Wyofile, a Wyoming-Based Political News Website,
obtained an email from Mr. Friess in which he speculated that the Democrats might gain from a vote-for-a-celebration deal with the Republicans. With Trump winning with 70% of the vote, he continued, “it shows how the Democrats have been able to control our elections by putting on a Republican cloak.”
It was in the month of January 2019 that Mr. Gordon began working for the company. In a document from that month, it was said that Mr. Seddon’s operatives had “identified three possible sources inside the new governor’s administration and have initiated expedited cultivations with a view to early recruitment.”
The operatives reported later in January that they had “efficiently recruited another supply with a task within the new governor’s office,” and that the “supply has committed to contribute insights, assist expose corruption, and help with ultimate placement of undercovers.”
According to the Documents,
Mr. Seddon’s agents also sought information on Steve Harshman, the then-Republican speaker of the House in Wyoming, who was also not considered as sufficiently supportive of Mr. Trump by certain conservatives.
That a “new undercover might be becoming a member of the staff” and assigned to Mr. Harshman was indicated in a report in February of this year.
The following June of 2019, a report stated, “we foresee a large haul, combined with fresh strains of intelligence on the Republican side of the house.”
The documents also show that other prominent Wyoming Republicans, in addition to Ms. Gore, participated in Mr. Seddon’s spy operation.
One document indicates that Wyoming state legislator and ex-politician Marti Halverson gave the operatives a list of names. The former directors of the Wyoming Division of Workforce Companies, John Cox and Scott Talbott, were included in the checklist.
The document has a December 2018 creation date and identifies Mr. Talbott as “one other of the names of corrupt people from Marti.”
When contacted via phone, Ms. Halverson said, “Frankly, I’ve got nothing to say on the matter.” She ended the call by hanging up.
Mr. Seddon recruited other ex-Challenge Veritas employees to help with the Wyoming operation, including James Artherton, a British operator codenamed “kimchi” who was involved in a 2017 Challenge Veritas scheme targeting an editor for The New York Occasions in London.
According to documents, one undercover agent also secured employment with the Wyoming Investor Community, a group of wealthy liberal donors who had made a calculated decision to back Republican moderates over those more closely aligned with Mr. Trump’s agenda.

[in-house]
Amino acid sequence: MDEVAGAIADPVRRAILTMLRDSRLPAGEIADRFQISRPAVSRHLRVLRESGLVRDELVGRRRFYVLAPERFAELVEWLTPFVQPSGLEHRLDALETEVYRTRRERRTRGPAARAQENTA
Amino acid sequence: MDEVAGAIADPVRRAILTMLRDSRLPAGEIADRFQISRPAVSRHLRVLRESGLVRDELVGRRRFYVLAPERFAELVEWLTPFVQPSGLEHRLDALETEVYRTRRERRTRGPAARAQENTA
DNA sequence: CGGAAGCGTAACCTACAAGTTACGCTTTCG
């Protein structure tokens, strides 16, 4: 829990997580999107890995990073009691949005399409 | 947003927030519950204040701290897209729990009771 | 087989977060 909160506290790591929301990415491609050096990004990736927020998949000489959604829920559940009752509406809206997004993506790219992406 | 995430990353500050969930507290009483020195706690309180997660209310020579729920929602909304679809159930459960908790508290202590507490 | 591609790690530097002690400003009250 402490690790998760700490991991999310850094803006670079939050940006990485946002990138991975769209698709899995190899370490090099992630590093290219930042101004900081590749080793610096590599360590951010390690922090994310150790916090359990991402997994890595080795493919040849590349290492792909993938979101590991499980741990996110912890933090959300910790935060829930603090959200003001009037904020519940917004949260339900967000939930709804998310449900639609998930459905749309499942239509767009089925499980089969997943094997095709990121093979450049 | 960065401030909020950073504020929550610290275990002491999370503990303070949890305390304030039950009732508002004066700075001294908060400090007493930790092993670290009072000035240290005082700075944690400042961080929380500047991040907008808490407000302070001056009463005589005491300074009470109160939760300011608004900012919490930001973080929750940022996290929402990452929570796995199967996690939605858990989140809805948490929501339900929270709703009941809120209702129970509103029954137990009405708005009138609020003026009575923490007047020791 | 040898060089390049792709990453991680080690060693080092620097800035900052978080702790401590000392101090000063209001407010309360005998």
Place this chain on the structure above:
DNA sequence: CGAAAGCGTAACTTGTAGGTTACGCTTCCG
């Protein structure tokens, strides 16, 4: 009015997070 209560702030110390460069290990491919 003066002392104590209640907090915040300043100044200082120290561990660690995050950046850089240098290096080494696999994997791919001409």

The position afforded her the unique opportunity to learn critical information about the Republican candidates the organisation was objectively endorsing.
Mr. Prince has previously shown interest in investigating Democratic politicians for dirt. Robert S. Mueller III, the special counsel in the Russia inquiry of the Trump administration, looked into a 2016 incident in which Republican operatives thought they had gotten deleted Hillary Clinton emails from the dark web and requested Mr. Prince’s help to verify them.
The particular counsel’s report noted that Mr. Prince “supplied funds to rent a tech adviser to evaluate the validity of the emails. The technology consultant shared Prince’s opinion and concluded that the emails were fake.
Late that Year,
Mr. Prince asked Mr. Seddon to help train the Challenge Veritas agents. Both men knew each other from Mr. Prince’s time spent leading Blackwater and realised they had a lot in common, including a love of guns and the American frontier. In case of a catastrophic event in the United States, Mr. Seddon keeps his cabin packed with weapons, food, and other supplies.
Mr. Seddon proposed constructing an internet site the place different so-called preppers may buy their very own provides and speak to one another within the occasion of what he referred to as a “Black Swan” second — a severe terrorist assault, one other pandemic, or a civil struggle — throughout a gathering of workers of Ms. Gore’s group, the Wyoming Liberty Group, in a Las Vegas suburb final April.
Ms. Gore ultimately decided to reject the concept because of its high price tag, which was estimated to begin in the hundreds of thousands of dollars by those familiar with the scheme.